Teaching children morals like forgiveness is difficult because this is a serious lesson that you are trying to discuss. The challenge is always balancing a child's attention while still giving them the freedom to learn in an exciting way. This is why games can be a great learning tool. This type of interaction is provocative, perks their attention and allows them to socialize. Overall children learn best when they are having fun.
Stand in front of the room. You represent the first chain and the rest of the links will be on everyone's left. Ask aloud, "What is the meaning of forgiveness?" Encourage the children to speak up. Have the first brave child that answers come and link arms with you. Then ask, "Have you ever had to say sorry to your mom or dad?" The child that answers will link arms with the child on your left and so on.
Other questions you should ask are "What does it mean when you say, you're sorry?" or "How did you feel when you forgave someone?" Keep asking forgiveness questions until everyone is standing and linked arms. Move towards the child on the other end and link arms with him or her. This should complete your new circle of forgiveness.
This has a modern appeal, for slightly older children. Have a "community poetry slam" for the class period. Get all the children to get comfortable in their desks. Have them all take out one piece of notebook paper and a pencil. Encourage them to write a heartfelt poem about forgiveness, because it's important to be open about it.
Tell them they can be as creative as possible, because soon they will be presenting it in the classroom. Once everyone's done, have everyone go up and recite their poems to the class. Get everyone excited about it by turning on some music. Clap for each performance and award them with a "Blue Ribbon of Forgiveness."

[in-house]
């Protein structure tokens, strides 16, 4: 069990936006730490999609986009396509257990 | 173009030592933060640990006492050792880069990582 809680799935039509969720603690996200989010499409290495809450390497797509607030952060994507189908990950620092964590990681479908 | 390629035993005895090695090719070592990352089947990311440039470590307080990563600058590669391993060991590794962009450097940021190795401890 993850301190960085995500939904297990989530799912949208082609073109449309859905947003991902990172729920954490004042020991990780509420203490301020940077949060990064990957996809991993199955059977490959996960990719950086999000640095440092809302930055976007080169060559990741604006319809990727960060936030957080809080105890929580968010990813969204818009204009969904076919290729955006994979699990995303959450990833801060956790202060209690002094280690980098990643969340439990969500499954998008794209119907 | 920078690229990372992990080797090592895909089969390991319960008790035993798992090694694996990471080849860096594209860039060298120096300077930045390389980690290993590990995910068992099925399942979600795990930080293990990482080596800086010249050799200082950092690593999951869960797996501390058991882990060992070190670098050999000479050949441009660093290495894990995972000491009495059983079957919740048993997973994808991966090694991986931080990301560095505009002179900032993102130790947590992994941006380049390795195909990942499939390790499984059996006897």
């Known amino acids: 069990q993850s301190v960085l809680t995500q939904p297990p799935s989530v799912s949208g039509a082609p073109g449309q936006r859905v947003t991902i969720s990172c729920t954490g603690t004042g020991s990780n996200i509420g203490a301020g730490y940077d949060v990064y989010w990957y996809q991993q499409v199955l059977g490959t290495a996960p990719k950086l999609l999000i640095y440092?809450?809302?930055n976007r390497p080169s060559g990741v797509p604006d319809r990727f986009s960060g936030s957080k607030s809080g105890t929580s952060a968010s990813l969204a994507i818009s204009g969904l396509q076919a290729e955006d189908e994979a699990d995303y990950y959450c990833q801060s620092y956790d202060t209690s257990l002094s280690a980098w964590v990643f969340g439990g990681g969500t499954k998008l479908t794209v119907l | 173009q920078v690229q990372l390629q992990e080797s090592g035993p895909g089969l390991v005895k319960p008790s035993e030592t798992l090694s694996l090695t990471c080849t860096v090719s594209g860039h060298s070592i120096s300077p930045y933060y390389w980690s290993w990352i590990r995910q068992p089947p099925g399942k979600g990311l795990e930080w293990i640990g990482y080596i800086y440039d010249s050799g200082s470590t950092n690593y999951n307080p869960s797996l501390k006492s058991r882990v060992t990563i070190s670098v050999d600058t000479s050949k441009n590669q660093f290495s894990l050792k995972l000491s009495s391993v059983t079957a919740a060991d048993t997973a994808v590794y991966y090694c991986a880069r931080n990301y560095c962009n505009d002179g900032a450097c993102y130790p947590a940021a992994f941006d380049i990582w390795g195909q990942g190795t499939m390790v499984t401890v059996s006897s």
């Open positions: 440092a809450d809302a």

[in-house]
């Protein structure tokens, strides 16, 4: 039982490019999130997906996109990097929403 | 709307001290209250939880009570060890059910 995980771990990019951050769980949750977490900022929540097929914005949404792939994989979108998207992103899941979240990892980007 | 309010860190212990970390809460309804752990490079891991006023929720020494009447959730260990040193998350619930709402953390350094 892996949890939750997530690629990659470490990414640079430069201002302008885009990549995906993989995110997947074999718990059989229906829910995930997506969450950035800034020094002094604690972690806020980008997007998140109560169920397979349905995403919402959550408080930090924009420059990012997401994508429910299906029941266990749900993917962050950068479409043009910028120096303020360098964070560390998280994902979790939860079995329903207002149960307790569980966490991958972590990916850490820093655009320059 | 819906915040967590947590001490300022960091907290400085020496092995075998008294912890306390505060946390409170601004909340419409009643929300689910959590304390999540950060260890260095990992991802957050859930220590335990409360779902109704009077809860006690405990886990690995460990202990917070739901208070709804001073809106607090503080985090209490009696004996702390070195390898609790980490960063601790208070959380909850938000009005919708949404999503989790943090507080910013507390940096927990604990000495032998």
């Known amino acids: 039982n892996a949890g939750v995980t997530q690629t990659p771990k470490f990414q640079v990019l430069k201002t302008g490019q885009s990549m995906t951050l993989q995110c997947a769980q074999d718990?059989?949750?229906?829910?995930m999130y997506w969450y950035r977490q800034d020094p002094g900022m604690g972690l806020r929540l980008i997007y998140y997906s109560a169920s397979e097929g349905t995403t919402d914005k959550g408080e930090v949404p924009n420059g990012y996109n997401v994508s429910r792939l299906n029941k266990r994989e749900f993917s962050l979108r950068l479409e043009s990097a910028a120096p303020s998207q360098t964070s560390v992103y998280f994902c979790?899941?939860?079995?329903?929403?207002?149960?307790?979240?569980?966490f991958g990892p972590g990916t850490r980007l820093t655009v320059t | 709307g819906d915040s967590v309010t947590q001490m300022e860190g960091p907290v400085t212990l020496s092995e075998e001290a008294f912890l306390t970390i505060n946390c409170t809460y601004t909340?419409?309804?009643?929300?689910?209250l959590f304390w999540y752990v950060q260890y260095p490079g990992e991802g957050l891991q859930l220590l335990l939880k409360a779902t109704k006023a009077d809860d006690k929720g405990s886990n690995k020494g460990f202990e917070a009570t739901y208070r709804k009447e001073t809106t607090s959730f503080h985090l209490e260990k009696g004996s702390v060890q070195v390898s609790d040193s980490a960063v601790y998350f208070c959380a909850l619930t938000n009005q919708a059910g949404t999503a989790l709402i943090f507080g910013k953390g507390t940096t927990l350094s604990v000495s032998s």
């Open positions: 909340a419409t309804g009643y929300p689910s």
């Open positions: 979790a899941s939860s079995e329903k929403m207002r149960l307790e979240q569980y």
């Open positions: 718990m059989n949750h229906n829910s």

Bring the children outside with a bright plastic ball or even a real potato as the prop for this game. Have everyone stand in a circle. Tell the children about a time when you forgave someone for something. Toss it to the child on your right and say, "Hot potato!" Now it's that person's turn to share with everyone how they forgave someone.
Let them pass the potato, sharing their stories. Once the "potato" lands in your hands, you can make up other things to say. Try a topic a little hotter, like, "This person that I must forgive was a bully." This will cover some challenges you've had to overcome. This hot potato game will be an encouraging and interactive sharing game.
Stephanie Flood began writing professionally in 2008. She has been published in local magazines including "Flagstaff Live" and "The Noise." Her work also appears on various websites. She earned a Bachelor of Science in journalism from Northern Arizona University. Flood's writing covers subjects including health, wellness, spirituality, travel, living and outdoors.